What we do know is that God calls us to reach out to one another in love. Our call, our purpose, is to love one another.

He will place the sheep on his right and the goats on his left.  Then the king will say to those on his right, ‘Come, you who are blessed by my Father. Inherit the kingdom prepared for you from the foundation of the world.  For I was hungry and you gave me food, I was thirsty and you gave me drink, a stranger and you welcomed me, naked and you clothed me, ill and you cared for me, in prison and you visited me.’ Then the righteous will answer him and say, ‘Lord, when did we see you hungry and feed you, or thirsty and give you drink? When did we see you a stranger and welcome you, or naked and clothe you? When did we see you ill or in prison, and visit you?’ And the king will say to them in reply, ‘Amen, I say to you, whatever you did for one of these least brothers of mine, you did for me.’

Matthew 25: 31-40


A few weeks ago, I had the joy of escaping my chilly New England home to visit my parents in bright, warm Florida. I’ve lived away from home now for quite some time, and each time I go back to visit I love to wait for the moment when we turn a corner and my house comes into view.   My favorite tree is right on the corner of the lot; my family planted it when we moved into this house many years ago.  I love this house for everything that it represents and all of the memories that it holds.

But this past visit when we pulled up to the house I did not get to relish that moment that I love. I had just heard a few minutes earlier that there had been two explosions at the Boston Marathon.  My body was there in Florida, but my heart was back in Boston, worried about my family and friends there.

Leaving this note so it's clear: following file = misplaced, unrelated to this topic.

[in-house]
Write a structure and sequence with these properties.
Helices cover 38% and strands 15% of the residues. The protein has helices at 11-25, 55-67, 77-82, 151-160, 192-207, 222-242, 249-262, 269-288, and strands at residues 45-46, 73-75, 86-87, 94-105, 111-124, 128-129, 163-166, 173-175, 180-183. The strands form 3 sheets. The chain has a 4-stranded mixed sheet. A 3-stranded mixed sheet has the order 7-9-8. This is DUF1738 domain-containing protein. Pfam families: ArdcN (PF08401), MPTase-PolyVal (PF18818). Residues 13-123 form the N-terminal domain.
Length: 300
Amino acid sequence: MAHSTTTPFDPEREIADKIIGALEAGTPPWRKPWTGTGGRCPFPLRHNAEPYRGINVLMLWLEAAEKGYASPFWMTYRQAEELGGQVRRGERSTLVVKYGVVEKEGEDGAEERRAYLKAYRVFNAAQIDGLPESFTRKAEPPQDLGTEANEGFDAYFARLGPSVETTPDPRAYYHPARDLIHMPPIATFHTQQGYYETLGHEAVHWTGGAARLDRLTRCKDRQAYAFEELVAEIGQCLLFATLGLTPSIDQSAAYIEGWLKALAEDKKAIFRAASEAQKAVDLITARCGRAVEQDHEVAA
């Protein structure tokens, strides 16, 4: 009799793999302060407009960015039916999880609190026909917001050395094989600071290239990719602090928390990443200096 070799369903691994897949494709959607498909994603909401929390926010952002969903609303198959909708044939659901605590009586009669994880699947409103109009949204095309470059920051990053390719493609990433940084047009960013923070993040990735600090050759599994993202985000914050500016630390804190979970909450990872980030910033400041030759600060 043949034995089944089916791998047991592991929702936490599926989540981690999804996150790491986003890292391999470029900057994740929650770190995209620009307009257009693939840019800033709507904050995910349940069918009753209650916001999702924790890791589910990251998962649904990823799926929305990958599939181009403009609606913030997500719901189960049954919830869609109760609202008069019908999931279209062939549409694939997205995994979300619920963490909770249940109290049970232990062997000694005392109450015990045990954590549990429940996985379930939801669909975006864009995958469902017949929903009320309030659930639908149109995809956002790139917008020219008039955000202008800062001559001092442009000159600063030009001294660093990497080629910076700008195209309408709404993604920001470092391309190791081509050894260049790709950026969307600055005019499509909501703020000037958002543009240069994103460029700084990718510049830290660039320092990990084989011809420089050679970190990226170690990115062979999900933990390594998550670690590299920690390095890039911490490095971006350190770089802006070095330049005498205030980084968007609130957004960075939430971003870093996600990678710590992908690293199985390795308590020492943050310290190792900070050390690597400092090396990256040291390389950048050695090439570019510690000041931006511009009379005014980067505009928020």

Later that evening when I went out for a walk with my Mom, I noticed that my favorite tree had been completely cut down. At least, that’s what it looked like from my vantage point.  I expressed my shock and sadness to my Mom, who just laughed and exclaimed, “Oh, that’s Knuckles!” She went on to explain that she was gardening over the weekend and decided that the tree needed to be pruned.

The tree post-pruning!

The tree post-pruning!


Pruned, yes, I argued. But not completely cut down. Every single one of the tree’s branches was gone. It looked like the Giving Tree at the end of Shel Silverstein’s iconic book.  It was tragic. I couldn’t believe that she had nearly killed this tree.

And my mother—in her infinite wisdom—patiently explained that yes, the tree looked dead.  But it needed to be pruned so that later it would grow even taller, even fuller. Sure, it was ugly. By all outward appearances, it was never coming back. But new life was just waiting to burst forth.  Sure enough, right before I left home a few days later, Mom pointed out the brand new little branches that were springing forth.

These were the memories that were in my heart this morning as I heard today’s Gospel.

Jesus said to his disciples:
“I am the true vine, and my Father is the vine grower.
He takes away every branch in me that does not bear fruit,
and everyone that does he prunes so that it bears more fruit.
You are already pruned because of the word that I spoke to you.

Remain in me, as I remain in you.

Just as a branch cannot bear fruit on its own
unless it remains on the vine,
so neither can you unless you remain in me.
I am the vine, you are the branches.”

I suppose, then, that perhaps I should look at challenges, suffering, and pain as a kind of spiritual “pruning.”  Perhaps God is a Master Gardener, up there in the clouds with a giant pair of shears just waiting to cut away anything that hinders his plan for me, for you. It hurts. It’s ugly. By all appearances it doesn’t seem like anything is going to change, or improve. But then when we least expect it, life and beauty spring forth in great abundance.

Prune away.


Bob Rice

Catholic speaker, musician, author, teacher